The ultimate goal of the above is to increase levels of Brain Derived Neurotrophic Factor that greatly aids in learning and memory. Meditation reduces distracting thoughts, and improves focus on the now... as the default mode of the brain is to think about things past and future, but not the present. Exercise increases BDNF, improves sleep, and lifts mood.

Step 2: Study in a Flow State
There must be no distractions. No checking facebook / instagram / reddit / email. You have one task: To study XYZ. Nothing more. Study while not stressed, in one's casual free time, out of one's own volition, with no pressures or distracting thoughts. Once in a flow state, focus and read intently. Reading for the sake of reading, while incessantly checking facebook or reddit, does not achieve anything. The whole idea of reading is that it allows you to think. It is the act of thinking about something that will integrate it into working memory.
Step 3: Visualize.
Practicing what has been read, will solidify that knowledge and make it easily reproducible/verbalized (for exams!). Performance artists (eg dancers / gymnasts ) will often go through the motions in their mind when not actively practicing physically. The same reason why professional guitarists play the air guitar on the bus. The mind has the ability to visualize scenarios - and it is linked very strongly to the formation of new memories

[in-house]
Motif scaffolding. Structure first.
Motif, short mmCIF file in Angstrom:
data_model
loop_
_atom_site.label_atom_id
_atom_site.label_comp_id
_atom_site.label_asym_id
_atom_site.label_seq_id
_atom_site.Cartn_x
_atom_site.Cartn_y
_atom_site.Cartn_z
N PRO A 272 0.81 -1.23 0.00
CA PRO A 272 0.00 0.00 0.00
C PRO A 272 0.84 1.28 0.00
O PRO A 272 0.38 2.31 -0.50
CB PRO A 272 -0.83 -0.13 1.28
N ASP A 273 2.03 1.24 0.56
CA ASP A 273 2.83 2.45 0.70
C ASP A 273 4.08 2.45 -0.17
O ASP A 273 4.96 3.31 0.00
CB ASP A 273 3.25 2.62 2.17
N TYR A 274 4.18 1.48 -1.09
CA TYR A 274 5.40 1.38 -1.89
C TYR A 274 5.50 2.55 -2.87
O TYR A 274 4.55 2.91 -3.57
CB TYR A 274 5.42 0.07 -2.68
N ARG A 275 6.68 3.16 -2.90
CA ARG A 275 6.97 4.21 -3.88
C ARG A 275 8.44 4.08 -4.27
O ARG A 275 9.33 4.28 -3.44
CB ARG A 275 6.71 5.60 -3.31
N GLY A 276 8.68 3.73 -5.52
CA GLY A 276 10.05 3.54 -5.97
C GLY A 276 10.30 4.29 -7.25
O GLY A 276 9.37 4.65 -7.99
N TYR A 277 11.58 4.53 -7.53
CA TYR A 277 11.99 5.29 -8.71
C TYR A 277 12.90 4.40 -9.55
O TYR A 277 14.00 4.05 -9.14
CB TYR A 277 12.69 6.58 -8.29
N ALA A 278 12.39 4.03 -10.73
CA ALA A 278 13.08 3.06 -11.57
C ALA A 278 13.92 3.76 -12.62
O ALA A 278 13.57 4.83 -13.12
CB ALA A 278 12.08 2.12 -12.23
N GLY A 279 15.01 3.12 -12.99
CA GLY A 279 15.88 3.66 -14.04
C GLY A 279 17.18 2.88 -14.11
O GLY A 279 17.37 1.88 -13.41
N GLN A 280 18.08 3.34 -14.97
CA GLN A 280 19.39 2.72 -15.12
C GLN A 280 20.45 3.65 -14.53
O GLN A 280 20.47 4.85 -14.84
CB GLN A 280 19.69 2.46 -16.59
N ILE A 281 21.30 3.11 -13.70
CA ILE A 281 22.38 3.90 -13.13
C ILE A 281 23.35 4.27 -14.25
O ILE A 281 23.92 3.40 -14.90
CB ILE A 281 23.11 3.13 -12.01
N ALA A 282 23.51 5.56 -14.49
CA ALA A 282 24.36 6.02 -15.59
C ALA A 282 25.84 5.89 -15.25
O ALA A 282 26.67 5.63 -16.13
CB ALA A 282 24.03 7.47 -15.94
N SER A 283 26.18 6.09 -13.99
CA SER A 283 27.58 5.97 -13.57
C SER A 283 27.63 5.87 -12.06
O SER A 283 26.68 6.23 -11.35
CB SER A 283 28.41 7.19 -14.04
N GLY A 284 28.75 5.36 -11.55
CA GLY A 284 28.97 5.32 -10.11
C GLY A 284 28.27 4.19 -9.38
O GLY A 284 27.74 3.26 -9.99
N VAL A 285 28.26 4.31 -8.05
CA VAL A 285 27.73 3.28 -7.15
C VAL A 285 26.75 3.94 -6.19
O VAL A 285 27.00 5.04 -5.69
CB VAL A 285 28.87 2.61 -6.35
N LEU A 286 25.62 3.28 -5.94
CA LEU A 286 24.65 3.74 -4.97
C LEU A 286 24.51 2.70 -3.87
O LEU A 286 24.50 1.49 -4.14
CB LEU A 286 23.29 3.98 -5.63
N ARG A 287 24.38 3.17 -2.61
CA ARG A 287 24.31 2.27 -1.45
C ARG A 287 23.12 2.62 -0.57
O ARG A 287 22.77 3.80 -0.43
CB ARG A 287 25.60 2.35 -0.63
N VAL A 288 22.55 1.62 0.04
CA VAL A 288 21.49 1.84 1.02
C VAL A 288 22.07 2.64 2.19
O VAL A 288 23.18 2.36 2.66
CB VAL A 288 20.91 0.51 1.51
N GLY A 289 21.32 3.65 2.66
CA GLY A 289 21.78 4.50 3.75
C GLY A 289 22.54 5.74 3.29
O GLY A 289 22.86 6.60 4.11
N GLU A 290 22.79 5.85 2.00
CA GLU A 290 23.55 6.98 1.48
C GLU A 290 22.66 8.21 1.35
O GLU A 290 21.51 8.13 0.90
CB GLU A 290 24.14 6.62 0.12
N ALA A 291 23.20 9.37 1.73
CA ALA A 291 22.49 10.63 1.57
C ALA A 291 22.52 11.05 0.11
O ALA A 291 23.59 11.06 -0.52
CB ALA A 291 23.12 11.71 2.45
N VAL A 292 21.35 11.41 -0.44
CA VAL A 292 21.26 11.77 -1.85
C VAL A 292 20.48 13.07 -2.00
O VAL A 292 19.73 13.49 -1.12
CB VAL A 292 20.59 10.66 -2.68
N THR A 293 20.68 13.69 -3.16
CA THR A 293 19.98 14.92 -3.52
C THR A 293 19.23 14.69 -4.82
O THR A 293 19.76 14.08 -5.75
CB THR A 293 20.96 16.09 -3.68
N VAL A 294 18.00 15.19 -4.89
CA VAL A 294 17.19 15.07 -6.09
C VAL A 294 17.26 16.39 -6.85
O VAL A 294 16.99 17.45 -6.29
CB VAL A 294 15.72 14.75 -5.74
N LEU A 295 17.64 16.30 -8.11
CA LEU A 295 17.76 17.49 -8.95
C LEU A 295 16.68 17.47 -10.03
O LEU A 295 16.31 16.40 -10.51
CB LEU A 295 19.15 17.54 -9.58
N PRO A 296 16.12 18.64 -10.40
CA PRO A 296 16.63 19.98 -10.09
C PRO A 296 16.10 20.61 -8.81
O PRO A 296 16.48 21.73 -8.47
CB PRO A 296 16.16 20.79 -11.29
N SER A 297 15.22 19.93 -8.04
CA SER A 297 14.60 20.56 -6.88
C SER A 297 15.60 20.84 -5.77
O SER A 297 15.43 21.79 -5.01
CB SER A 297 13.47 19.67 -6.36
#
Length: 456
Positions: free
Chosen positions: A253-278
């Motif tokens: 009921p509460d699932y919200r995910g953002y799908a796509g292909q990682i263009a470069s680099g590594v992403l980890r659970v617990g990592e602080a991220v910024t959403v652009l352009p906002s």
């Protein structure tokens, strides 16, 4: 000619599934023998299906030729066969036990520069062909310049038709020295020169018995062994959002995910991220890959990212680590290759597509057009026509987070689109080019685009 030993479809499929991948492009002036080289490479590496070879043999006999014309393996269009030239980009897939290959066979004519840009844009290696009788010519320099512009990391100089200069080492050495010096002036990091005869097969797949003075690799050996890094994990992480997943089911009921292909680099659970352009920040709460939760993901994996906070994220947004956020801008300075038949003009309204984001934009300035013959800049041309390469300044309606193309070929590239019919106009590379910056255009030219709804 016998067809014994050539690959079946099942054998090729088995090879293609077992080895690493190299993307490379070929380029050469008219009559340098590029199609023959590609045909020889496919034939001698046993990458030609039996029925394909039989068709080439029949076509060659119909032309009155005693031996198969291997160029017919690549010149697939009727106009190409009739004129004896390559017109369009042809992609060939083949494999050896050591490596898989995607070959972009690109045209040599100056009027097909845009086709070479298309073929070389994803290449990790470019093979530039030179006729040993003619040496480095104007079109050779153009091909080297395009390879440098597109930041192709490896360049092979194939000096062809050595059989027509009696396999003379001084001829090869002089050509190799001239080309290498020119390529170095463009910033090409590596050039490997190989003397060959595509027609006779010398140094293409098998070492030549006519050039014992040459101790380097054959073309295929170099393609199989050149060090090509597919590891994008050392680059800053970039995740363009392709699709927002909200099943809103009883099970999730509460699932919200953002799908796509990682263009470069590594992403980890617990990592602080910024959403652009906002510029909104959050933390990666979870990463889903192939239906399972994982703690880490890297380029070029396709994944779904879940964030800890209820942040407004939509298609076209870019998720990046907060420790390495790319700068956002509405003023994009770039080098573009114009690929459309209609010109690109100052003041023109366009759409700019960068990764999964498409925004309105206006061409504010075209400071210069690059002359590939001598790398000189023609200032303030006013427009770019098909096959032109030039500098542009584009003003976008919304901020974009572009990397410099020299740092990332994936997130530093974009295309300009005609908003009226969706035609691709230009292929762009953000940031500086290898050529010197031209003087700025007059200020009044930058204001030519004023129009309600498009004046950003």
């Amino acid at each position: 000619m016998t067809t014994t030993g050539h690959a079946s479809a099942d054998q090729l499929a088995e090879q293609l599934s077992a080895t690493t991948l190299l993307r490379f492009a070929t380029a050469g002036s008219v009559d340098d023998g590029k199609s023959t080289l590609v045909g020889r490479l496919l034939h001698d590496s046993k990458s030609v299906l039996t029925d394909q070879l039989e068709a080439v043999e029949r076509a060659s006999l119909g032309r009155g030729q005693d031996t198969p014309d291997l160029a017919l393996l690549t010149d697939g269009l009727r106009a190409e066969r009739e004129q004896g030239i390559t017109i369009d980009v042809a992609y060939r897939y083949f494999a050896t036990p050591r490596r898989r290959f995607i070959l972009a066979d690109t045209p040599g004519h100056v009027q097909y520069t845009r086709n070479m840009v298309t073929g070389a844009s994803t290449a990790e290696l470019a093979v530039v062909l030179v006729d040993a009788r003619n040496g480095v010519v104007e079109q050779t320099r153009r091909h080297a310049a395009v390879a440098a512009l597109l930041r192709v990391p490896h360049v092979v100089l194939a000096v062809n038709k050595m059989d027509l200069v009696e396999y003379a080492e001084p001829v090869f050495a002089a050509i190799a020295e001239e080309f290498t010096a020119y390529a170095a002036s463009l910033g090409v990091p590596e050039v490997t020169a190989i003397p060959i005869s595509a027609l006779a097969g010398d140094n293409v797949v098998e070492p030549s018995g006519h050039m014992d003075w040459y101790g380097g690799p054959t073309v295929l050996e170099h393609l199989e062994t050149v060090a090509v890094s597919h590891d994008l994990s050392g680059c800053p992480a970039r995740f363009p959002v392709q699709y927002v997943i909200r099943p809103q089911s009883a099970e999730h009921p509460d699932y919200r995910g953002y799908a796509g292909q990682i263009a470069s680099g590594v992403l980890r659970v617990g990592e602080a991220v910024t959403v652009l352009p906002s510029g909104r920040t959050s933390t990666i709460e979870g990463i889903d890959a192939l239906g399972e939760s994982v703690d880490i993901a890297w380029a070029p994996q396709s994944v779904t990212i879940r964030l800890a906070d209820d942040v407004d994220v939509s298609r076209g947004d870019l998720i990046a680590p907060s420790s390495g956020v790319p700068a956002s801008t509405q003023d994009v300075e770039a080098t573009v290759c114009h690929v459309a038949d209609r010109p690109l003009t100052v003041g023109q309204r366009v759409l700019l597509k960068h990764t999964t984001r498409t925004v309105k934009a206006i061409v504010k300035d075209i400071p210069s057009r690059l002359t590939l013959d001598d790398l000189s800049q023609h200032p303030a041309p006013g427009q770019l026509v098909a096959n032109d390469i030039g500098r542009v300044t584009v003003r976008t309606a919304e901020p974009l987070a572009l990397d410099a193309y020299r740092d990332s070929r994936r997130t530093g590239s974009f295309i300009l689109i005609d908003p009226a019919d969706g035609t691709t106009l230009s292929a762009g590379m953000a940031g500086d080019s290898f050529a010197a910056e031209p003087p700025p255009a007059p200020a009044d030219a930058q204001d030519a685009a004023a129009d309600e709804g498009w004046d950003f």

Step 4: Marinate / Practice
Thoughts need time to marinate. Studying and visualizing require time to marinate and be integrated into one's mind. Seeing things happen in practice will make it stick even more.

How does this relate to studying for Consultant level Exams?

1) The Flow Protocol
- clean up workspace
- exercise
- shower and brush teeth
- meditate for 5 minutes.

2) Study a topic from the syllabus.
- Read various sources regarding a topic.
- Textbooks,
- and yes, google (FOAMED) is my friend.

3) Ruminate about the topic. Scribble some notes
- What questions can they ask me about this topic?
- There is only so much they can reasonably ask!

4) Visualize the topic
- So, a medical student comes and asks you about it. what will you say?
- A patient turns up with this condition. How would you approach it?
- Can I make a first year, first-rotation, intern "autopilot" the management of a patient presenting with XYZ? If so, what clear instructions do I need to give?

5) Consolidate knowledge in to formal notes.
- Structured and consistent with the syllabus.
- Allows rapid recollection / rumination / visualization.
- Marinating thoughts (Step 3 and 4) while looking at notes

6) Examinology
- 27 questions in 3 hours. 360 marks. Must finish. Must be concise. Must not give too little or too much information.
- Like everything in life, this is a real skill that is not really taught anywhere.

*This article was originally written september 2020. I passed the exam July 2021.